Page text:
The U.N. has tried to counter the misinformation with newspaper ads, radio announcements, even sending field workers to East Timor to photograph returnees, then giving the pictures to family members in the camps. Officials do not deny that some returning militiamen have been beaten, and one reportedly was killed, but generally the spirit in East Timor has been one of reconciliation and problems have been surprisingly few, relief workers say.
The militias' influence has been diluted since the days they ruled, first in East Timor and then the camps in West Timor. But the return of their leaders--something the Indonesian government should have prevented, relief officials say--has heightened tensions in the camps where anti-independence supporters intimidate, manipulate and instigate.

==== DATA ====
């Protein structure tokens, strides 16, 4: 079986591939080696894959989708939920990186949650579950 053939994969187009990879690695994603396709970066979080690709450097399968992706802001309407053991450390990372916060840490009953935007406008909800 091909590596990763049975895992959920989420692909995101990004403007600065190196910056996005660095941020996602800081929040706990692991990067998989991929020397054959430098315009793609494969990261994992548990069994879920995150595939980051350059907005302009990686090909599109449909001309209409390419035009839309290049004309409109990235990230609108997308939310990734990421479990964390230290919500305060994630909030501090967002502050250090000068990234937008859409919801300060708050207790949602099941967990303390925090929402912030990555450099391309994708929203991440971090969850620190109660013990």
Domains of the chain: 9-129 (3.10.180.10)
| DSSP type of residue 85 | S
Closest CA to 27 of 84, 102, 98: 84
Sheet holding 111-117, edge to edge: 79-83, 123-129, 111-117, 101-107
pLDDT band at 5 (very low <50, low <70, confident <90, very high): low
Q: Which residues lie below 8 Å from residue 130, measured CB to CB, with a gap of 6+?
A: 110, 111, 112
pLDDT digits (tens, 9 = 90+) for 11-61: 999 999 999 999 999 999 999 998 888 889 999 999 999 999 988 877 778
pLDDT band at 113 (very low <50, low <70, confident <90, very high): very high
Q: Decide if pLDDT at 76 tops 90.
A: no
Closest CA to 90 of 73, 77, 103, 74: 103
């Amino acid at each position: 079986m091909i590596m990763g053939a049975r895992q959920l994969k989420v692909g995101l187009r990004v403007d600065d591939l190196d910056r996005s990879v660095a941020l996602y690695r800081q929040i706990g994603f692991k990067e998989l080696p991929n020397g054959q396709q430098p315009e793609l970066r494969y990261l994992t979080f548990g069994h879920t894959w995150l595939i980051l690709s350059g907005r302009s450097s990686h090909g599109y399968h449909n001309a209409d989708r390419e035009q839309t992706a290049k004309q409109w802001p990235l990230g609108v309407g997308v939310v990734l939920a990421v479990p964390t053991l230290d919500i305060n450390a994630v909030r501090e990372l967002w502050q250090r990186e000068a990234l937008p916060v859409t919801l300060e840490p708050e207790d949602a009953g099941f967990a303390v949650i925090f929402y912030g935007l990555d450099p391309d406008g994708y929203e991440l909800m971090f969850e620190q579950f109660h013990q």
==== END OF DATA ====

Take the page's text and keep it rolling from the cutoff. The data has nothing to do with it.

"The situation in the camps is very fragile, volatile," said Craig Sanders, who heads the U.N. refugee program in West Timor. "It's like skating on thin ice. It's rare that you can see you're on thin ice until it breaks, and when it does, you go down quickly."
Two weeks ago, five people died when West Timorese fought East Timorese in and around Tua Pukan camp here. The violence flared on rumors that a 16-year-old refugee girl had been impregnated by a West Timorese--a rumor that underscored the growing jealousy between the two groups, most of whose members are Christian, though Indonesia itself is predominantly Muslim.